TOKYO (Reuters) - Japan’s main opposition Liberal Democratic Party (LDP) saw its voter support slip, but still maintained a commanding lead against rivals, including the ruling Democratic Party, ahead of a December election, public opinion polls showed on Monday.
The Nikkei business daily survey said 25 percent of those polled said they would vote for the LDP in a lower house election on December 16, while 16 percent would vote for the Democratic Party of Japan (DPJ).
The LDP figure represented a loss of 2 percentage points from the previous Nikkei poll, while the DPJ gained 5 percentage points.
More significantly, poll figures showed the new Japan Restoration Party, led by Osaka Mayor Toru Hashimoto, earned 11 percent support and the Sunrise Party, led by nationalist ex-Tokyo Governor Shintaro Ishihara, stood at 4 percent.
A Kyodo news agency poll credited the Japan Restoration Party with 6.8 percent and Sunrise with 1.0 percent.
Over the weekend, the two new parties agreed to merge under the 80-year-old Ishihara’s leadership, despite serious policy gaps, such as the role of nuclear power in Japan’s energy mix.
Analysts see the election ushering in a period of confusing coalition politics, partly because of a spate of new parties courting voters discontented with the LDP and the DPJ and because whoever wins will still lack a majority in parliament’s upper house, which can block bills.
Prime Minister Yoshihiko Noda dissolved the lower house of parliament on Friday, but the election is unlikely to fix a policy stalemate that has plagued a country struggling to cope with an ageing population, a declining manufacturing sector and the emerging power of China.
Polls by other news outlets, the Asahi Shimbun daily, the Mainichi Shimbun daily and Kyodo, produced a similar LDP lead. But they also showed large numbers of undecided voters -- 44 percent of respondents in the Asahi, 43 percent in the Kyodo and 36 percent in the Mainichi -- who said they did not support any particular party, a sign of campaign battles to come to win over swing voters.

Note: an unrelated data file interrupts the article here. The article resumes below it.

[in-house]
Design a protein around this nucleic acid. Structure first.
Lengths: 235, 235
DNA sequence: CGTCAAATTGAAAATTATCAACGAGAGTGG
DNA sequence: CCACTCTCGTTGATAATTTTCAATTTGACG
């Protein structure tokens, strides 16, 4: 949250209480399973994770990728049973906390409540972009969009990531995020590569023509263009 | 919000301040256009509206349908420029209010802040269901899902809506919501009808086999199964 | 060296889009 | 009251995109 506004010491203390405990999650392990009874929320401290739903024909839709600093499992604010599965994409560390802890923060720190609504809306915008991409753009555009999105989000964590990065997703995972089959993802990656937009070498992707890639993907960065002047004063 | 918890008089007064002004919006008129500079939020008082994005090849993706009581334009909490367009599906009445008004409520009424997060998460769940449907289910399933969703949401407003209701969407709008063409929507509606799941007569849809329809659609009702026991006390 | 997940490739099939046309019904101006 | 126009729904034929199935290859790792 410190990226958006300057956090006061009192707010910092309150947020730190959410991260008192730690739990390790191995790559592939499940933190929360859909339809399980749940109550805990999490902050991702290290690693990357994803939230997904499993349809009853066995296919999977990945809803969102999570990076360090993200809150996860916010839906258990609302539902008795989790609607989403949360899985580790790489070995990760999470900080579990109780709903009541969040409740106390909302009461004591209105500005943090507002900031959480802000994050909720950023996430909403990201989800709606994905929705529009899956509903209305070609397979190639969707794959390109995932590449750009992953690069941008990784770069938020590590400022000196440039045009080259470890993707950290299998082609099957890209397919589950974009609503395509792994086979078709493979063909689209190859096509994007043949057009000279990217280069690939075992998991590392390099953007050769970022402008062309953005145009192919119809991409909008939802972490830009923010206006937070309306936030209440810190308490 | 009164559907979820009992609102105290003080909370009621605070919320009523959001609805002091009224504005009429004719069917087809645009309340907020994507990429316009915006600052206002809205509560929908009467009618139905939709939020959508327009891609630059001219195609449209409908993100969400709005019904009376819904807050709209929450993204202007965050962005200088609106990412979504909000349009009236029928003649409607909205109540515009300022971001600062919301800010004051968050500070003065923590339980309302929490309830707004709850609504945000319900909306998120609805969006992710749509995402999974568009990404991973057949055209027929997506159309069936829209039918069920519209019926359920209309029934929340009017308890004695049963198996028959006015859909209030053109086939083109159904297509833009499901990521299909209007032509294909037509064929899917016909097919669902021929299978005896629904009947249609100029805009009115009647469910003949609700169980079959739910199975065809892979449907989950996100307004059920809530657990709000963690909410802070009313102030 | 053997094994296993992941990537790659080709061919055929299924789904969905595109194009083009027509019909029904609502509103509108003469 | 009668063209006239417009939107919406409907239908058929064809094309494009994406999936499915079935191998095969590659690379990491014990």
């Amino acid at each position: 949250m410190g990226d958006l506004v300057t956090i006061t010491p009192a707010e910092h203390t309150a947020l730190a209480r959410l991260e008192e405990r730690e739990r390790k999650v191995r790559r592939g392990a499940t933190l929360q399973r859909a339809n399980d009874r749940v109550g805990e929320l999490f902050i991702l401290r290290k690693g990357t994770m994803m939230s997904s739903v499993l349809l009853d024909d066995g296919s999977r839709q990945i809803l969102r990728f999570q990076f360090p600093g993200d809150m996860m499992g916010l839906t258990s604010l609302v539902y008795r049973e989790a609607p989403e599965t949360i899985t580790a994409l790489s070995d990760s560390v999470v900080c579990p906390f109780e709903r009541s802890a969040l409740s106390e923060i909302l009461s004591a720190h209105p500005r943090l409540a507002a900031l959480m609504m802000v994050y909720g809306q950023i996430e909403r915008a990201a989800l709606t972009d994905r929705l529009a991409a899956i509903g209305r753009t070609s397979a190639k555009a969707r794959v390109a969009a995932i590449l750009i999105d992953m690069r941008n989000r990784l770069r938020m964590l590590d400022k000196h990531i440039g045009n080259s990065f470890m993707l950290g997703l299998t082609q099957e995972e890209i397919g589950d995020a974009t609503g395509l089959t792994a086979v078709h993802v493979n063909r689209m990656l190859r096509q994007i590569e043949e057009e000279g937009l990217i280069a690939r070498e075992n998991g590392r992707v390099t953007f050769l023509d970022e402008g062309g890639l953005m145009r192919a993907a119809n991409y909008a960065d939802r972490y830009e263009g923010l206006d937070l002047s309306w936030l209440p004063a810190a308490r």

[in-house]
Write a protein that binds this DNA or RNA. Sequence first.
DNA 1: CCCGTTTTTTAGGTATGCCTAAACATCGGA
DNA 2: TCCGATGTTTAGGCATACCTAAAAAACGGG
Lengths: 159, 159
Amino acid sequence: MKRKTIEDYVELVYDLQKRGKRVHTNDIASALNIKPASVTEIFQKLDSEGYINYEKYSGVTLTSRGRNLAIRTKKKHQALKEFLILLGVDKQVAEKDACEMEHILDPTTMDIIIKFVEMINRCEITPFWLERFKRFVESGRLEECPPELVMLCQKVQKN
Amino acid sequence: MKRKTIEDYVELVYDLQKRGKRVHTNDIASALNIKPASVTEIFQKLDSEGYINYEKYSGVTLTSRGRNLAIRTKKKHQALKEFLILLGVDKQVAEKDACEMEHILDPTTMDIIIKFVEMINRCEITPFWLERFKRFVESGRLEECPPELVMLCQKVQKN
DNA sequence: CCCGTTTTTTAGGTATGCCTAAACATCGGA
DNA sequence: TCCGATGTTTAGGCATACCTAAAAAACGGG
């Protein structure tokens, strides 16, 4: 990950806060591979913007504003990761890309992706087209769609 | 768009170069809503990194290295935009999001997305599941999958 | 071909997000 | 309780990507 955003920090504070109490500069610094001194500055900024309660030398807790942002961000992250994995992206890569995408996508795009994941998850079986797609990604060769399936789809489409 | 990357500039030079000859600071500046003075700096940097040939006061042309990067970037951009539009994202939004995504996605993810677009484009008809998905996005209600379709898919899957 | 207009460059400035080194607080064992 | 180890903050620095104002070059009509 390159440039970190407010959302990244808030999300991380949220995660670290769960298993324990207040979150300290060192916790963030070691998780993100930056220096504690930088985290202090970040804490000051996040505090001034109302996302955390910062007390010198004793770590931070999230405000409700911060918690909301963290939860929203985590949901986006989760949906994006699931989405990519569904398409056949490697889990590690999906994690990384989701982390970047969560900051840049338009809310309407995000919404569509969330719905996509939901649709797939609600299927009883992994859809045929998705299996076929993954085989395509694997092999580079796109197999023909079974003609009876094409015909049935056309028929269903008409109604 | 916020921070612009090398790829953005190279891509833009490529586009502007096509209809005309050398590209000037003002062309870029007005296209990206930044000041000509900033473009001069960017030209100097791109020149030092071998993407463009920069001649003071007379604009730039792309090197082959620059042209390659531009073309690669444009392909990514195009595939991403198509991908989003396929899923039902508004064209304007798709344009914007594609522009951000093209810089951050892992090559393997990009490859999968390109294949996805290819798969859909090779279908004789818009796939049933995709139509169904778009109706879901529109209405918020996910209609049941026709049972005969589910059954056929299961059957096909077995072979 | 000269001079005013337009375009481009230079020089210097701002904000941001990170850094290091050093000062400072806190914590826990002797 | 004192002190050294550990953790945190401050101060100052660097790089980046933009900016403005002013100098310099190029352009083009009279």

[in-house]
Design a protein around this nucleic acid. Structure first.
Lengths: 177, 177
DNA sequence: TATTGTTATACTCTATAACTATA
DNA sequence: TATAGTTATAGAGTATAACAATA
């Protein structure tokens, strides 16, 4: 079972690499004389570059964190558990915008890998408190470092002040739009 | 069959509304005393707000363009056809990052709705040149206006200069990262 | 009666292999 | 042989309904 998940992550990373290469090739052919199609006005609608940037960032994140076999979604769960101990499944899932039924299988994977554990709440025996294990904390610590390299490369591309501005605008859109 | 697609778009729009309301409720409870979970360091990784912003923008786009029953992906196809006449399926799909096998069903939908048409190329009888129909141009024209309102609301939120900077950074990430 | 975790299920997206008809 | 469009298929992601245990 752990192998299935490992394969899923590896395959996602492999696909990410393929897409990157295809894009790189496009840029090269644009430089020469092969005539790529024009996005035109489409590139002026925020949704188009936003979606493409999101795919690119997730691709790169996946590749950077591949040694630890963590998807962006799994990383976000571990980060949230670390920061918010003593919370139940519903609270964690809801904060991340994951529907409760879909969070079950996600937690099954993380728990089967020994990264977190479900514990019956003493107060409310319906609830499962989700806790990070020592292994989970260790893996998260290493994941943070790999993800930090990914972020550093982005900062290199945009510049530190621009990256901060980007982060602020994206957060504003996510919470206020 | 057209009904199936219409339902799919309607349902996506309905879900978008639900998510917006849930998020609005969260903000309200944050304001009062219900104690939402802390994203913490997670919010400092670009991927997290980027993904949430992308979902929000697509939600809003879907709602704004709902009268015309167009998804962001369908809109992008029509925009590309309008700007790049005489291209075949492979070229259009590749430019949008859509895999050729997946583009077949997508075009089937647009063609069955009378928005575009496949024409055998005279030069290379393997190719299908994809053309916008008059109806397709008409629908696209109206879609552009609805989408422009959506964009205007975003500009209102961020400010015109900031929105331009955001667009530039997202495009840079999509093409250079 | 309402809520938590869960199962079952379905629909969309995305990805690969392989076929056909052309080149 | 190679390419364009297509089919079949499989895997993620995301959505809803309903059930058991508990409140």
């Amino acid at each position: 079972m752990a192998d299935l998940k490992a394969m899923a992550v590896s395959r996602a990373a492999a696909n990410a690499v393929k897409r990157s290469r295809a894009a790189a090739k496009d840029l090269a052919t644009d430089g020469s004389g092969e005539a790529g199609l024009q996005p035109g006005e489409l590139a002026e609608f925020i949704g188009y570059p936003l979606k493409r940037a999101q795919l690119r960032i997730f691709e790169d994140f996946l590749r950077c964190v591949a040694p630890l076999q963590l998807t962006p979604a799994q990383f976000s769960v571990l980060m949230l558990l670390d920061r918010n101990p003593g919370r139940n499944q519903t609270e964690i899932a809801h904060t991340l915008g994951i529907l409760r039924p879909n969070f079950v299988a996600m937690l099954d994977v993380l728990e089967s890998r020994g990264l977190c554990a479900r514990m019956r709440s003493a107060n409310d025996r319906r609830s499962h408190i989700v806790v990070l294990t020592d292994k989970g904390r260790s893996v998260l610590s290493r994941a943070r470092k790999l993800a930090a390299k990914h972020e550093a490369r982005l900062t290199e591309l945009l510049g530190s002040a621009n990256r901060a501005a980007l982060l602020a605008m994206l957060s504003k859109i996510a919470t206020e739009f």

Asked which of the two main parties’ leaders was suited for the prime minister’s post, 35 percent of those polled by Kyodo chose LDP chief Shinzo Abe, a former premier who advocates aggressive monetary easing, compared with 32.1 percent for Noda.
The DPJ swept to power in 2009 ending more than a half a century of nearly non-stop Liberal Democratic Party rule.
But the support rate slumped over what voters saw as broken promises, a confused response to last year’s tsunami and nuclear crisis and Noda’s embrace of unpopular causes such as rise in the sales tax and the restart of nuclear reactors.
Following is a table based on media polls asking which party voters would choose in the proportional representation stage of the lower house election.
Kyodo Nov 19 10.8 23.0 6.8
Nikkei Nov 19 16 25 11
Asahi Nov 19 15 22 6
Mainichi Nov 19 12 17 13
Yomiuri Nov 18 13 26 8
Asahi Nov 17 16 23 4
Asahi Nov 13 12 29 5
Yomiuri Nov 5 10 25 12
Kyodo Nov 4 12.1 27.7 10.8
Nikkei Oct 29 11 27 13
Asahi Oct 22 13 36 3
Kyodo Oct 3 12.3 31.3 13.9
Yomiuri Oct 3 18 36 13
Asahi Oct 3 17 30 4
Nikkei Sept 28 14 35 12
Asahi Sept 11 15 23 5
Kyodo Sept 2 12.4 22.2 17.6
Yomiuri Aug 13 11 21 16
Mainichi Aug 13 14 21 N.A.
Kyodo Aug 12 14.3 23.5 10.7
Asahi Aug 6 13 23 N.A.
Yomiuri July 16 14 18 N.A.
Kyodo July 15 14.1 19.2 13.2
Asahi July 10 14 22 N.A.
Reporting by Kaori Kaneko and Kiyoshi Takenaka; Editing by Ron Popeski